OKLAHOMA CITY – A 23-year-old man who was “out for blood” when he attempted to detonate what he believed was an explosives-laden van outside an Oklahoma bank in a plot similar to the deadly 1995 bombing of the Oklahoma City federal building was expected to be formally charged Monday, authorities said.
During a meeting with undercover FBI agents in June, Jerry Drake Varnell of Sayre, Oklahoma, said he held “III% ideology” and wanted “to start the next revolution,” a reference to the “Three Percenters” patriot movement – begun in 2008, galvanized by President Barack Obama’s election – that has rallied against gun control efforts and pledges resistance to the federal government over the infringement of constitutional rights.
Federal officials arrested Varnell early Saturday in connection with a plot to detonate a vehicle bomb in an alley adjacent to BancFirst in downtown Oklahoma City. Varnell was scheduled to appear in federal court later Monday on a charge of attempting to use explosives to destroy a building in interstate commerce. Court records do not indicate whether Varnell is represented by an attorney.
A federal complaint filed on Sunday says a confidential informant told the FBI in December that Varnell wanted to blow up a building and “that Varnell was upset with the government and was seeking retaliation.”
Officials said Varnell initially wanted to blow up the Federal Reserve Building in Washington, D.C., with a device similar to one used in the 1995 Oklahoma City bombing that destroyed the Alfred P. Murrah Federal Building, killing 168 people and injuring hundreds more.
In a series of text messages with the FBI’s informant, Varnell “claimed to have a bunker for when the world (or United States) collapsed” and indicated he was trying to build a team, the complaint states.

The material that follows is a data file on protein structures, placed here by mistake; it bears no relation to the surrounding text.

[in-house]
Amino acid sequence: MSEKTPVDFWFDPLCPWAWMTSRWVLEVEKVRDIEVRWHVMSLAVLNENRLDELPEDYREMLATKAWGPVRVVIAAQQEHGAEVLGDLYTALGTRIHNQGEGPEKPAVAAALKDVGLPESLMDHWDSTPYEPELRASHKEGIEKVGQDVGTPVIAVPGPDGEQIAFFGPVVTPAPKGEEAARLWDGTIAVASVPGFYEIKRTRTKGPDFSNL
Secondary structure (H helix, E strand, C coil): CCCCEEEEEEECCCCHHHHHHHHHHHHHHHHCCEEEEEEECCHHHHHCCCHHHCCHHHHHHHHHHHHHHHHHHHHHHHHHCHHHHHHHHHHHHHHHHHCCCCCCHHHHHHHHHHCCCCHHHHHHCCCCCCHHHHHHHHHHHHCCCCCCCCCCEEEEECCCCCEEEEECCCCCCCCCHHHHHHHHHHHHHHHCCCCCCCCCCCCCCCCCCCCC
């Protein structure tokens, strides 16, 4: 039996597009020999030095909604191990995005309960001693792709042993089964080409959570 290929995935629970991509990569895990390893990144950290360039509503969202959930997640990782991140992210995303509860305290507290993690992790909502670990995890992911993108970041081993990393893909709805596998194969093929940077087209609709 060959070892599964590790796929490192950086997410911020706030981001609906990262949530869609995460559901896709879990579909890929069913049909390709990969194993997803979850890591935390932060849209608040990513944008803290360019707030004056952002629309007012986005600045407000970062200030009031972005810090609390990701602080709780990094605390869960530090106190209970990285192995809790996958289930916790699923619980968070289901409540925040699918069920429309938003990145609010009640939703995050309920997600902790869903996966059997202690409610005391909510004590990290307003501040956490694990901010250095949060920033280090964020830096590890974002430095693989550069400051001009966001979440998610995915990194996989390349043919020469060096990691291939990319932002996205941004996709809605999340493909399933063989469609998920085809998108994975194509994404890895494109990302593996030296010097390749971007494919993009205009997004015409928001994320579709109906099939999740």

“I’m out for blood,” the complaint quotes Varnell’s texts. “When militias start getting formed I’m going after government officials when I have a team.”
But an undercover FBI agent posed as someone who could help Varnell build a bomb and the device used was actually inert, authorities said. Varnell’s actions were monitored closely for months as the plot developed.
“There was never a concern that our community’s safety or security was at risk during this investigation,” said Kathryn Peterson, special agent in charge of the FBI in Oklahoma.
The undercover agent met face-to-face with him on June 1 to discuss obtaining materials for an ammonium nitrate and fuel oil bomb similar to the one used in the Oklahoma City bombing, the complaint states.
Varnell indicated at the meeting that he had previously made homemade explosives and that he “was of the same mind with people who wanted to use explosives and make a statement,” the complaint says.
“Something needs to be done,” Varnell said, but killing a lot of people was not a good idea, according to the complaint. During text conversations in July, Varnell stated he wanted to conduct the attack after closing hours to prevent casualties but conceded that some bank workers or custodians who were inside the building could be killed or injured in the blast, it says.
The complaint says Varnell helped assemble the device and load it into what he believed was a stolen van. Shortly after midnight on Saturday, Varnell drove the van by himself from a storage unit in El Reno, about 30 miles from the bank in Oklahoma City, and dialed a number on a cell telephone that he believed would trigger the explosion. The FBI and members of a Joint Terrorism Task Force arrested Varnell shortly before 1 a.m.
The complaint also states that Varnell prepared a statement to be posted on Facebook after the explosion which reads in part that the attack was “retaliation against the freedoms that have been taken away from the American people” and “an act done to show the government what the people think of its actions.”
Both of Oklahoma’s Republican U.S. senators said the alleged plot could have rivaled the devastation caused by the Oklahoma City bombing 22 years ago.
“It is chilling to think that a sympathizer of Timothy McVeigh would want to act on hate, as a tribute to the 1995 Oklahoma City bombing, the deadliest terrorist attack on American soil before September 11,” said Sen. James Lankford.
Sen. Jim Inhofe said law enforcement authorities “successfully prevented a hateful act of domestic terrorism.”
If convicted, Varnell faces between five and 20 years in prison.
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